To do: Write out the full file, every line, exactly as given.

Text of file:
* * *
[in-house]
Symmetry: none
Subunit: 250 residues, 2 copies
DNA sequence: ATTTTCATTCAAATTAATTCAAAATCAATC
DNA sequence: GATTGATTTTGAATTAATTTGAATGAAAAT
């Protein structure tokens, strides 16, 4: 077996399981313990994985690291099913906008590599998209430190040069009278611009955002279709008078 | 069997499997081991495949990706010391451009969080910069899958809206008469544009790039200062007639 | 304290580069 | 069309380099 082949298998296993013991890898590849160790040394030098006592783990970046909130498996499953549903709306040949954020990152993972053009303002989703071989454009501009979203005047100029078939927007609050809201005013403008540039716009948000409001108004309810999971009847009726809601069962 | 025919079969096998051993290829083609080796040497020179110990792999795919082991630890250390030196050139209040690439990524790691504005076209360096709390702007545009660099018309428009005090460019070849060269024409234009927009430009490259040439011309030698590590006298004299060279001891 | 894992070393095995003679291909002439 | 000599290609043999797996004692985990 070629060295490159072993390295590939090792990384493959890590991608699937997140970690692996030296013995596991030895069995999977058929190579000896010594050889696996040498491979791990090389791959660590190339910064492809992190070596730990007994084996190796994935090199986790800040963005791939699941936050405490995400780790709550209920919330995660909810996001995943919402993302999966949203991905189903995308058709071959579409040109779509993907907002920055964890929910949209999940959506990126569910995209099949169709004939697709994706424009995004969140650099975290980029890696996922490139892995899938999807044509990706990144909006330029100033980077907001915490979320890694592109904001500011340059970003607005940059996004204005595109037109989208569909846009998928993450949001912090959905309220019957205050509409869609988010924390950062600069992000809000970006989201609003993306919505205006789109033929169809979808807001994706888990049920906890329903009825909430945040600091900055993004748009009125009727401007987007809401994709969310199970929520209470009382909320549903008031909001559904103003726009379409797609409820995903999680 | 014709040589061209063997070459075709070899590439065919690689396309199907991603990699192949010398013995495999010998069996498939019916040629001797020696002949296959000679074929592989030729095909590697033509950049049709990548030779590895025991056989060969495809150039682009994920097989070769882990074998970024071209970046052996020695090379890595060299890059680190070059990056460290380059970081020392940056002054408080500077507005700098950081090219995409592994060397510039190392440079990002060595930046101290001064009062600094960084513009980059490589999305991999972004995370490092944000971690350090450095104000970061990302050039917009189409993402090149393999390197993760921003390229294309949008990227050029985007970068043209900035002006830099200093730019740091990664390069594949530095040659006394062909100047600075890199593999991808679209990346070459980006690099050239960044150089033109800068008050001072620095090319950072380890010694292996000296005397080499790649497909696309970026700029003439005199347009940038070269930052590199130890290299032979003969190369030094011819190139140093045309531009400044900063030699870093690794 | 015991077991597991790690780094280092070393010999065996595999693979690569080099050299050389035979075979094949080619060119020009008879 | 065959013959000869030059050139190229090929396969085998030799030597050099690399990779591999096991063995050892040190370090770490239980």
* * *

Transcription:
[in-house]
Symmetry: none
Subunit: 250 residues, 2 copies
DNA sequence: ATTTTCATTCAAATTAATTCAAAATCAATC
DNA sequence: GATTGATTTTGAATTAATTTGAATGAAAAT
């Protein structure tokens, strides 16, 4: 077996399981313990994985690291099913906008590599998209430190040069009278611009955002279709008078 | 069997499997081991495949990706010391451009969080910069899958809206008469544009790039200062007639 | 304290580069 | 069309380099 082949298998296993013991890898590849160790040394030098006592783990970046909130498996499953549903709306040949954020990152993972053009303002989703071989454009501009979203005047100029078939927007609050809201005013403008540039716009948000409001108004309810999971009847009726809601069962 | 025919079969096998051993290829083609080796040497020179110990792999795919082991630890250390030196050139209040690439990524790691504005076209360096709390702007545009660099018309428009005090460019070849060269024409234009927009430009490259040439011309030698590590006298004299060279001891 | 894992070393095995003679291909002439 | 000599290609043999797996004692985990 070629060295490159072993390295590939090792990384493959890590991608699937997140970690692996030296013995596991030895069995999977058929190579000896010594050889696996040498491979791990090389791959660590190339910064492809992190070596730990007994084996190796994935090199986790800040963005791939699941936050405490995400780790709550209920919330995660909810996001995943919402993302999966949203991905189903995308058709071959579409040109779509993907907002920055964890929910949209999940959506990126569910995209099949169709004939697709994706424009995004969140650099975290980029890696996922490139892995899938999807044509990706990144909006330029100033980077907001915490979320890694592109904001500011340059970003607005940059996004204005595109037109989208569909846009998928993450949001912090959905309220019957205050509409869609988010924390950062600069992000809000970006989201609003993306919505205006789109033929169809979808807001994706888990049920906890329903009825909430945040600091900055993004748009009125009727401007987007809401994709969310199970929520209470009382909320549903008031909001559904103003726009379409797609409820995903999680 | 014709040589061209063997070459075709070899590439065919690689396309199907991603990699192949010398013995495999010998069996498939019916040629001797020696002949296959000679074929592989030729095909590697033509950049049709990548030779590895025991056989060969495809150039682009994920097989070769882990074998970024071209970046052996020695090379890595060299890059680190070059990056460290380059970081020392940056002054408080500077507005700098950081090219995409592994060397510039190392440079990002060595930046101290001064009062600094960084513009980059490589999305991999972004995370490092944000971690350090450095104000970061990302050039917009189409993402090149393999390197993760921003390229294309949008990227050029985007970068043209900035002006830099200093730019740091990664390069594949530095040659006394062909100047600075890199593999991808679209990346070459980006690099050239960044150089033109800068008050001072620095090319950072380890010694292996000296005397080499790649497909696309970026700029003439005199347009940038070269930052590199130890290299032979003969190369030094011819190139140093045309531009400044900063030699870093690794 | 015991077991597991790690780094280092070393010999065996595999693979690569080099050299050389035979075979094949080619060119020009008879 | 065959013959000869030059050139190229090929396969085998030799030597050099690399990779591999096991063995050892040190370090770490239980």